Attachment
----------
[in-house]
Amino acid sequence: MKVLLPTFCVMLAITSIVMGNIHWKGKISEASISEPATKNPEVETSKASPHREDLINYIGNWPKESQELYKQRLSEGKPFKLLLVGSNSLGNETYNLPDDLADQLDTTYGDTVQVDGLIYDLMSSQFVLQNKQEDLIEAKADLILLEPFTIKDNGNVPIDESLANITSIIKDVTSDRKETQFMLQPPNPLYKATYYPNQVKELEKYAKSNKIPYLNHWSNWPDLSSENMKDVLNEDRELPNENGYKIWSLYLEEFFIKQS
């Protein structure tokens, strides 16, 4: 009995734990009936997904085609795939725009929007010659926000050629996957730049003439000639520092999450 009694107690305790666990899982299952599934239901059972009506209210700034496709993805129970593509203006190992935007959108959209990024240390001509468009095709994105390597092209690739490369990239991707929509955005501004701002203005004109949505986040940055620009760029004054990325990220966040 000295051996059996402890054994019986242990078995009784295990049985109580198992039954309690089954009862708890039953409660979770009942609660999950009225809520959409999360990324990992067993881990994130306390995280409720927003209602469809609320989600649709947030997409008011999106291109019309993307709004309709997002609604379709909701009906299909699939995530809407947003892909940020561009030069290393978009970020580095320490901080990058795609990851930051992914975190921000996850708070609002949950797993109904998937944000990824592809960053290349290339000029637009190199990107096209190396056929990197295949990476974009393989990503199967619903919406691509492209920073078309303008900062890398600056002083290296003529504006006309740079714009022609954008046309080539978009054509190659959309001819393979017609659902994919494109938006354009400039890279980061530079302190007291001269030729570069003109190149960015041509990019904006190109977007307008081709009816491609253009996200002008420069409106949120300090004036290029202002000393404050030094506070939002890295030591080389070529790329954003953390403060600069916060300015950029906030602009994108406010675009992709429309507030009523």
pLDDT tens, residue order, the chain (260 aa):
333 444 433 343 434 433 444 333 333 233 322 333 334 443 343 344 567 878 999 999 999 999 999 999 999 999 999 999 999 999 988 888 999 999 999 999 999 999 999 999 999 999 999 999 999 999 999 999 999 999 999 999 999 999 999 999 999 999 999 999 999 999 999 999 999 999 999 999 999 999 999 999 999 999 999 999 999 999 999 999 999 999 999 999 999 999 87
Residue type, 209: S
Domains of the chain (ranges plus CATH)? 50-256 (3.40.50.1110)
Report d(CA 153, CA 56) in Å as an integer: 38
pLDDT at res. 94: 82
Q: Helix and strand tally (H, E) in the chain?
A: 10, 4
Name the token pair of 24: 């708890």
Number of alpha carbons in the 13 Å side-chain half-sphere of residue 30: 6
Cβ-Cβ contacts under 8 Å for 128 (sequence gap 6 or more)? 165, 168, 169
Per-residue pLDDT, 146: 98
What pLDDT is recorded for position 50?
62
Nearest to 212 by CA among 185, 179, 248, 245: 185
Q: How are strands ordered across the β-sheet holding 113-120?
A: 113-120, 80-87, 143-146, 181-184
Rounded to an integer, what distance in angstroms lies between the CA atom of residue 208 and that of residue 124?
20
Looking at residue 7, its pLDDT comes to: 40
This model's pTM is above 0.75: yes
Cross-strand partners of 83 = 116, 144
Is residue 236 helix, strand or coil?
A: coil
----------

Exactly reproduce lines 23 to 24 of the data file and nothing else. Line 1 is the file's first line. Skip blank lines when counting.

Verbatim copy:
Looking at residue 7, its pLDDT comes to: 40
This model's pTM is above 0.75: yes